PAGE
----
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Tibet exile minister 'not encouraged' by China talks

July 4, 2008

July 4, 2008

Tibet's foreign minister in exile yesterday said the latest round of
talks between the Dalai Lama's envoys and China so far did not look

"Judging from some of the statements made by the Chinese leadership,
particularly the office for the autonomous region of Tibet, what they
have to say about the Tibetan situation is not very encouraging,"
Kesang Yangkyi Takla told a news conference in Tokyo.

While saying she had not been briefed on the talks in Beijing, the
foreign minister in exile said it "doesn't sound like the authorities
are willing to listen to the suffering of Tibetan people".

"That said, we have to see what the real outcome of the seventh round
of meetings is going to be," said Takla, part of the Tibetan
government in exile in the northern Indian hill station of Dharamshala.

China has said little about the talks, which opened three months
after major protests in Tibet against Beijing's controversial rule
over the predominantly Buddhist Himalayan region.

The crackdown on the unrest, which spread to neighbouring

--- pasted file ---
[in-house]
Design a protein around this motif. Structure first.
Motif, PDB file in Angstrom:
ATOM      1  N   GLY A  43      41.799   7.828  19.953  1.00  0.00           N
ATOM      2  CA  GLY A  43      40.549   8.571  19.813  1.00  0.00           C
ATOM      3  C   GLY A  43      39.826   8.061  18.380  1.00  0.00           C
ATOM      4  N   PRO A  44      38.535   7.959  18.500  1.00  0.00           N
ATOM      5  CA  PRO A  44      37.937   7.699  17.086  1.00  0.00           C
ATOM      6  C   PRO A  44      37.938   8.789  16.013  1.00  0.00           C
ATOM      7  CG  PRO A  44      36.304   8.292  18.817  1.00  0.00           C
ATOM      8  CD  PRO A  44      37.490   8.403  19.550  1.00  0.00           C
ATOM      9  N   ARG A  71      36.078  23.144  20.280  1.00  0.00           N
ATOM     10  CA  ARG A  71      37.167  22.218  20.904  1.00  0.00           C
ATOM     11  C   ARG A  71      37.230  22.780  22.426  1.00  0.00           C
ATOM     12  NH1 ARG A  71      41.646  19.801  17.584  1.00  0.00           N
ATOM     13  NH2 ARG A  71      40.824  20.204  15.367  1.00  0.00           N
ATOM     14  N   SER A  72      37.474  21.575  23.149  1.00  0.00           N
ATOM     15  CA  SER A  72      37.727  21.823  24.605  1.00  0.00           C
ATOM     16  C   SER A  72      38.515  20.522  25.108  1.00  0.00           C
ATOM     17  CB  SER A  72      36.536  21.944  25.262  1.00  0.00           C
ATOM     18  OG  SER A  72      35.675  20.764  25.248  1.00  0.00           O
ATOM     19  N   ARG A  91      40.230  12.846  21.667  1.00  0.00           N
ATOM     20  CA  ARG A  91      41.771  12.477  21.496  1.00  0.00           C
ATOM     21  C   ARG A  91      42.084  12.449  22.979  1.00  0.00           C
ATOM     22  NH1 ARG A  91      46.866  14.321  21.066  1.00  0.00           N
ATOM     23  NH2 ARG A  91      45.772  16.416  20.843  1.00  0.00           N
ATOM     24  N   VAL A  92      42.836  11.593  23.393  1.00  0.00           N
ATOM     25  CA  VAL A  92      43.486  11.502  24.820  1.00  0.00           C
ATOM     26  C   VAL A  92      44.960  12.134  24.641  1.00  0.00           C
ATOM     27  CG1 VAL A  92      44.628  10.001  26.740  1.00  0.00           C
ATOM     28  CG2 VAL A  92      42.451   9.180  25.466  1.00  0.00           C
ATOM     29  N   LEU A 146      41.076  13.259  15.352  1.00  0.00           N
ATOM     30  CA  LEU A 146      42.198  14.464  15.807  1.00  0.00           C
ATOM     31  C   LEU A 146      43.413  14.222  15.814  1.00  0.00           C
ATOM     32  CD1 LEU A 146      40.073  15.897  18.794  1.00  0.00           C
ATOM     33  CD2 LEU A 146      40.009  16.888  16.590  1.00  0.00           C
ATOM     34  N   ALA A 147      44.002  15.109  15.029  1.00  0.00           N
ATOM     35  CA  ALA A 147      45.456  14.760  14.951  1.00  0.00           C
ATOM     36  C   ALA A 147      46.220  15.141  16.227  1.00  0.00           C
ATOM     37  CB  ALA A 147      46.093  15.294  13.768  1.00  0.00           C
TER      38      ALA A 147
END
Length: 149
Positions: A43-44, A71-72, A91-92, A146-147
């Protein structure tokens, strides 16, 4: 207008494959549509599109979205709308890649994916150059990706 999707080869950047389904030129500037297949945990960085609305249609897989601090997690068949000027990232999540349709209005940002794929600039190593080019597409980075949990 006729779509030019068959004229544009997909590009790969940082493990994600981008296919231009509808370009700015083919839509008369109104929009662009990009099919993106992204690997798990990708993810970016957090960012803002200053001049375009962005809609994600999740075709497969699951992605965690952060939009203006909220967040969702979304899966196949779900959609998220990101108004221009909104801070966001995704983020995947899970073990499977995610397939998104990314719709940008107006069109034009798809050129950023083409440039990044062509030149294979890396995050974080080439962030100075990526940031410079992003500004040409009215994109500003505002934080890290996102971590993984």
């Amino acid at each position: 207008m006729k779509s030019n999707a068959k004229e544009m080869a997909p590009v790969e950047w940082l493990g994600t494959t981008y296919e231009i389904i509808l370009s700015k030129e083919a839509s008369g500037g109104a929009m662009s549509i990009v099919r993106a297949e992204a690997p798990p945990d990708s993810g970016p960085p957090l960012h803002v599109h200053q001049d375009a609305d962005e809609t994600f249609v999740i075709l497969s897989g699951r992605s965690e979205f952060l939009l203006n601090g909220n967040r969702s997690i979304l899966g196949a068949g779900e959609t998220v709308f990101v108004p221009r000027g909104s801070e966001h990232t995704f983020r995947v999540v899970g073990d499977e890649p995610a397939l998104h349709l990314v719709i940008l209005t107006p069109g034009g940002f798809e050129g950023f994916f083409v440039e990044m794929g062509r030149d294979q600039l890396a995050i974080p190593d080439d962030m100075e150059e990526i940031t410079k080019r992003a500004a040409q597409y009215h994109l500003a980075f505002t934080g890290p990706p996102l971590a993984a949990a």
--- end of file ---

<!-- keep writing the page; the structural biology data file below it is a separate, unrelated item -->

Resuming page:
Tibetan-populated areas of western China, sparked global
demonstrations that marred the month-long international journey of
the Beijing Olympic torch.

Asked what was on the agenda for the Beijing talks, Takla said: "We
all know what the general outline is - Tibet has problems, there's a
violation of human rights, the issue of Tibet needs to be solved."

"We are willing to solve it in the middle-way approach by taking into
consideration the interests of both China and Tibetan people," she said.

"Now I think the ball is very much in China's court, and I think this
is acknowledged by the world community," she said.

She was in Tokyo for a two-day conference of Tibet supporters, who
included Japanese opposition lawmakers.

The conference approved a resolution asking Japan to raise Tibet when
it hosts the Group of Eight industrial powers' summit next week, to
which Chinese President Hu Jintao has been invited.

A senior Japanese foreign ministry official said there were no
concrete plans to discuss Tibet but that leaders may raise it.
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